As far as the teen ager thing, I am 46 so yeah got most of the stupid out of my system, maybe not all of it but I control what's left fairly well.
 

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You're going to have to find the bikes you're interested in and sit on them. Some will just feel right while others will just feel a bit...odd. Have you got a friend that rides? Friends might try to steer you towards a bike or brand you're not interested in, but they should be able to tell you if a bike is in a rideable condition. They can also keep their eyes open for that deal on a bike you'd love to have.
 

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You're going to have to find the bikes you're interested in and sit on them. Some will just feel right while others will just feel a bit...odd.
This! How about something like the CB650R or MT-07?

FWIW, I've been riding a few years and really, REALLY love sport bikes. I have, however, come to realize that my "late" start in riding has left my most flexible and fearless years behind and I'm not comfortable after a couple hours on my current bike. As much as I am loathe to, I've started considering other options because I want to enjoy how the bike feels more than how it looks. That being said, I have zero interest in cruisers... :ROFLMAO:
 
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Get a cheap used FZ6. Or like others suggested, the 650s and other relatively low power larger displacement bikes will work. I'd focus more on making sure the riding position and brakes are both ideal for you. IMO, those make way more difference in keeping you safe than the HP does. Buy a motorcycle that turns, swerves, and panic stops well.
 

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900 custom comes with forward controls, used 883c and 1200c sportster, 1200 has power to get away from you if not careful

The 900 is an excellent bike, and it handles just fine......and the thing no one thinks about, the maintenance schedule is 7500 miles, Suzuki is 3500, Yamaha 4000(with a big service every 16000), Harley 5000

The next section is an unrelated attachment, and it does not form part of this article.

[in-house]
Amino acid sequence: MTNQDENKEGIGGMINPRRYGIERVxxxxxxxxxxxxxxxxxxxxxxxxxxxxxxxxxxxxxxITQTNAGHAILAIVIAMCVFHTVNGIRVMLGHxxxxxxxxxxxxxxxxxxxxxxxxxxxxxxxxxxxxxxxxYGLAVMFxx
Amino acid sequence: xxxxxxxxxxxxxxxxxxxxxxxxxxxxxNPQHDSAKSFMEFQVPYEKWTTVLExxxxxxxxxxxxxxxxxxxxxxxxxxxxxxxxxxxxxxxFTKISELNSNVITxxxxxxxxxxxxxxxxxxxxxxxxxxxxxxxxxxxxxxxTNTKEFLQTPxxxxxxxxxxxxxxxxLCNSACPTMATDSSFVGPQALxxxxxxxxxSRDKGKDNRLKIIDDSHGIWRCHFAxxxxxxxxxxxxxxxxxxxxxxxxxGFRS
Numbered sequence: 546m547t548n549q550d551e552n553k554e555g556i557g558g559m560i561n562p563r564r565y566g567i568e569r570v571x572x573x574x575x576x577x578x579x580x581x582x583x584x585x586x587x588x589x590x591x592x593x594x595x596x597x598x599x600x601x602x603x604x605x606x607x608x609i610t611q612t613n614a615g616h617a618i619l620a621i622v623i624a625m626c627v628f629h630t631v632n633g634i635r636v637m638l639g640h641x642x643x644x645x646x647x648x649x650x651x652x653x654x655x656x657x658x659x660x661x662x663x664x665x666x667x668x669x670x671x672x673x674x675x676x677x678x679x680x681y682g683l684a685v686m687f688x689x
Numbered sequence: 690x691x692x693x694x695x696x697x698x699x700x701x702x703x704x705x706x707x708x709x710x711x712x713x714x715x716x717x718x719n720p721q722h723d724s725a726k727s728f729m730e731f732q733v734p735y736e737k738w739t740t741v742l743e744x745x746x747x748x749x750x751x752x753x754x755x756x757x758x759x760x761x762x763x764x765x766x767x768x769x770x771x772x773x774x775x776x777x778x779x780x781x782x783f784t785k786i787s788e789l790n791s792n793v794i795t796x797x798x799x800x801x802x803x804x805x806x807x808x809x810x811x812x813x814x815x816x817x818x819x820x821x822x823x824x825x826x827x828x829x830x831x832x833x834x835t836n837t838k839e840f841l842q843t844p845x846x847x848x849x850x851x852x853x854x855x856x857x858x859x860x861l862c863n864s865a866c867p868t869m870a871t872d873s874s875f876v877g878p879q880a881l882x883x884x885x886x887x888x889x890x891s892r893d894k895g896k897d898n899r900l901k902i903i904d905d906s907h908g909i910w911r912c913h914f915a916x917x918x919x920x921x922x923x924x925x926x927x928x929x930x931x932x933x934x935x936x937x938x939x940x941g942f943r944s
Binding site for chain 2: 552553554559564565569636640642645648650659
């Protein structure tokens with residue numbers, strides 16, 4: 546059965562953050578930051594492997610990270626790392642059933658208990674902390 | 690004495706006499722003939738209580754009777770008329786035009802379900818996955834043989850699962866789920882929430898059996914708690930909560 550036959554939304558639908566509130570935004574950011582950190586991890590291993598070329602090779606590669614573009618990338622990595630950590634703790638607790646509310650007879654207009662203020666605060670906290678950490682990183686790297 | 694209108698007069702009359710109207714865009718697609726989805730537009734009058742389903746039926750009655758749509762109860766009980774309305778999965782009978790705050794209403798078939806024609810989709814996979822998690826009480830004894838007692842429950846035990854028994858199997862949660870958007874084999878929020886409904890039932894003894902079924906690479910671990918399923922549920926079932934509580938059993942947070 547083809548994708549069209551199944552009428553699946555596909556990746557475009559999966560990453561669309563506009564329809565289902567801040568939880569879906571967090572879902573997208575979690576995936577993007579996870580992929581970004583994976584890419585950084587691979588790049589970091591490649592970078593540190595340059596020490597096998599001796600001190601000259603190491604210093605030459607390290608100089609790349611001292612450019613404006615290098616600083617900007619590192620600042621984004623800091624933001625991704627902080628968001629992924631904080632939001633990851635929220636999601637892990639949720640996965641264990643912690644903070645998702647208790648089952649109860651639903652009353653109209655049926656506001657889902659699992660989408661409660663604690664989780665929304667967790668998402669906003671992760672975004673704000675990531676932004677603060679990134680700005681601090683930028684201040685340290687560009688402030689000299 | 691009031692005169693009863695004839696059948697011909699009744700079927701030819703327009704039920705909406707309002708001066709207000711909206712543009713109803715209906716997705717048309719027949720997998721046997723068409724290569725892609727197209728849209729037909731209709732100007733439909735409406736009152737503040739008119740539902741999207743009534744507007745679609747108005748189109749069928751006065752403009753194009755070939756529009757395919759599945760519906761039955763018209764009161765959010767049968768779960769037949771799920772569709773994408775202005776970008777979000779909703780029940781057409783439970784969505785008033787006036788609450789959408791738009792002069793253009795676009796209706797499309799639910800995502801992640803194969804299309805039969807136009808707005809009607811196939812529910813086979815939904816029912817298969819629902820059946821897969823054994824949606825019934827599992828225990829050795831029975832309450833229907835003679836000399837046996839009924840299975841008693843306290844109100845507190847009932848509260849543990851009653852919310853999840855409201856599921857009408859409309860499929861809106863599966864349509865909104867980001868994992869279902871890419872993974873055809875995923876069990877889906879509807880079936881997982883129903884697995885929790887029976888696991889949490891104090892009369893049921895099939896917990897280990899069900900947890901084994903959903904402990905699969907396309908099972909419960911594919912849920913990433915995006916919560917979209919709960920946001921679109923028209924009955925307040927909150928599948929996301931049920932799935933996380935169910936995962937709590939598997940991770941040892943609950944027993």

After your around bikes you'll see Kawasaki and Suzuki have some built-in cheap, they will do you just fine if you take care of them.........just like any brand you need to do your maintenance
 

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It's called a Standard.

... when pegs and bars are in a very standard riding position, nothing is extravagant, no fairings or foot boards, no crazy power or high performance features.
 

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Discussion Starter · #10 ·
Thanks for all of the input. The riding position of the sport type vs the cruiser type is one of the reasons I am leaning toward cruiser. I just don't think my body would let lay out on a sport bike for any length of time without a bit of pain.

Thanks also for the clarification of the standard. I have been reading so many articles and posts and watching YouTube and all that I may be getting information overload. Just kind of obsessed right now. Been wanting to do this for a long, long time and now that the opportunity is available I want to get it done now.

As far as the HP goes I am not really looking at the bikes for HP or anything it just seems like the higher displacement bikes are also a tad larger.